Washington Evening Journal

Fairfield Ledger   Mt. Pleasant News
Neighbors Growing Together | Sep 24, 2018

Scans not allowed

By David Hotle

“I’m sorry, but I don’t let private businesses scan my driver’s license.”
The cashier suddenly looked up from the scan gun she was holding and glared at me. I was at a checkout line in a semi-local big box store trying to purchase a bottle of NyQuil. This non-narcotic cold medicine is not on any kind of watch list that I am aware of. In fact, I picked it up off a shelf.
“We need to scan your license in order to sell that to you,” the cashier said sharply.
“All right,” I said. “I’ll just get it somewhere else.”
The cashier’s reaction was not that of someone trying to salvage a sale, but of someone irate at having an uppity customer refuse the conditions that come with the privilege of buying at the store.
“We still need to scan your driver’s license,” was the somewhat rude response.
Again I refused, saying that the store had no reason to scan my license at that point. I walked off and put the bottle back on the shelf. I looked around to see if Ms. Congeniality had called security about my refusal to let her scan my license. Seeing none, I left the store.
I completely forgot about the incident until a few months later. For legal reasons, I’d better not give the name of the store. Let’s just say that it isn’t in Washington County and that about three months after that incident, in December 2013, the corporation that owned the store I was at was the victim of a data breach and the identities of about 110 million customers were compromised. I suspect many of those were from having driver’s licenses scanned in.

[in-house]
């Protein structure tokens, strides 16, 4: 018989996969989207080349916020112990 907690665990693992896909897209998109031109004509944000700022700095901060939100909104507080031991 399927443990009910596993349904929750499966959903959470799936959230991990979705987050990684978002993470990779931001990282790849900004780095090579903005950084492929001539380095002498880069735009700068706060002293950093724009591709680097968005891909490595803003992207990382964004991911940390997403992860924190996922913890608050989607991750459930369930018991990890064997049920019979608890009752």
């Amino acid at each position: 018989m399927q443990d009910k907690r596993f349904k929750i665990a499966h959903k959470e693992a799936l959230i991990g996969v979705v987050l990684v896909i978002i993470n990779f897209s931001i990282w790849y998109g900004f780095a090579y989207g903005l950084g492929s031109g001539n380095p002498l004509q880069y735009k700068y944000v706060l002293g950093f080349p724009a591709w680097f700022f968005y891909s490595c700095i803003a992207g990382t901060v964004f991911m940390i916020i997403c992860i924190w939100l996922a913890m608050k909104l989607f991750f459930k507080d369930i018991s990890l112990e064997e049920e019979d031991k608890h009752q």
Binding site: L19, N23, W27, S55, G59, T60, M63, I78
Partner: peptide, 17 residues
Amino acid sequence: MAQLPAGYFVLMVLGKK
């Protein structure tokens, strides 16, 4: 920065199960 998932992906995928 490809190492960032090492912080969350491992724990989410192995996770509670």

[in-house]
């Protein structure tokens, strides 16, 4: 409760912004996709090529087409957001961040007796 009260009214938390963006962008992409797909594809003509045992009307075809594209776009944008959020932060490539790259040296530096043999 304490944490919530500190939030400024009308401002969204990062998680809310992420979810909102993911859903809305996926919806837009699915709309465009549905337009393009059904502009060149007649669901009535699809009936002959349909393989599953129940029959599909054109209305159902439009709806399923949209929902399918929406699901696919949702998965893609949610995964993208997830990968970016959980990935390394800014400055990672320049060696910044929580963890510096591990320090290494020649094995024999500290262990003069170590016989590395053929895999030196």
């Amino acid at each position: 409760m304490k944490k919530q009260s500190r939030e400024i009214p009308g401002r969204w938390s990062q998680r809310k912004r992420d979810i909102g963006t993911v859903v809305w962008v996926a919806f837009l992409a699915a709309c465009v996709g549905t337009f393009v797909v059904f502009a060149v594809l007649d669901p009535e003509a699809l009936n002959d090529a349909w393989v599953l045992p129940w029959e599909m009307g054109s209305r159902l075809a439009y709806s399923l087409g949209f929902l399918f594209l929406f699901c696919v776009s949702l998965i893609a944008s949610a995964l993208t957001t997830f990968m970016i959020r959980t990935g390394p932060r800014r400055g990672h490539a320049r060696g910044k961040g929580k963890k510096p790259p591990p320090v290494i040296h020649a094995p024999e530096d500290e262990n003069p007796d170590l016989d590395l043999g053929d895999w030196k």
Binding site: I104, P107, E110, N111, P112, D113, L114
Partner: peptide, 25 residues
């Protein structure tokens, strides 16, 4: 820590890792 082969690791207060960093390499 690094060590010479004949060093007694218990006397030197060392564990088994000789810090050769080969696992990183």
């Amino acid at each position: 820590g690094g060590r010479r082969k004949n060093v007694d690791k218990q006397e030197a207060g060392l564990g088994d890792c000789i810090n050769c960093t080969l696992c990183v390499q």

What I happen to know is the bar code on the back of driver’s licenses contains all the information on the front, including the photo. I really don’t know how those businesses use the information, and I don’t care to find out the hard way. If someone wants to verify my age (do I really look like I’m under 21?) they can read the birth date on the license without scanning it. Beyond that, I consider the scanning of driver’s licenses by private business to be nothing short of an invasion of privacy. I also consider it an open door to identity theft.
At this point, I have to say in all fairness that I don’t know if this is a push by law enforcement in some areas as a way of ensuring adult items (NyQuil?) are only sold to adults and said businesses are simply complying. I would think most people in law enforcement would know that having personal information like that on a database is very dangerous. One hack could compromise literally millions of identities.
In fact, one of the first things that most members of law enforcement in Washington County say is the best way to guard against identity theft is not to release private information. Another really good tip is to regularly check your credit history. Recently I have also invested in a document shredder. You can get these used for about $8, and they are a great way to keep dumpster divers from getting information on you.
With identity theft running amok, you really can’t be too careful. Of course, I also have a problem with the whole invasion-of-privacy thing. I do have to wonder what companies that require license scans do with that information. I’ve had employees tell me that it is just a check and is immediately erased from the computer. I just don’t believe that.
I have often said that an ounce of prevention is worth a pound of cure. I’m just hoping to give you something to think about the next time you run into someone with a scanning gun who won’t let you leave the store under any circumstances until they scan in your driver’s license.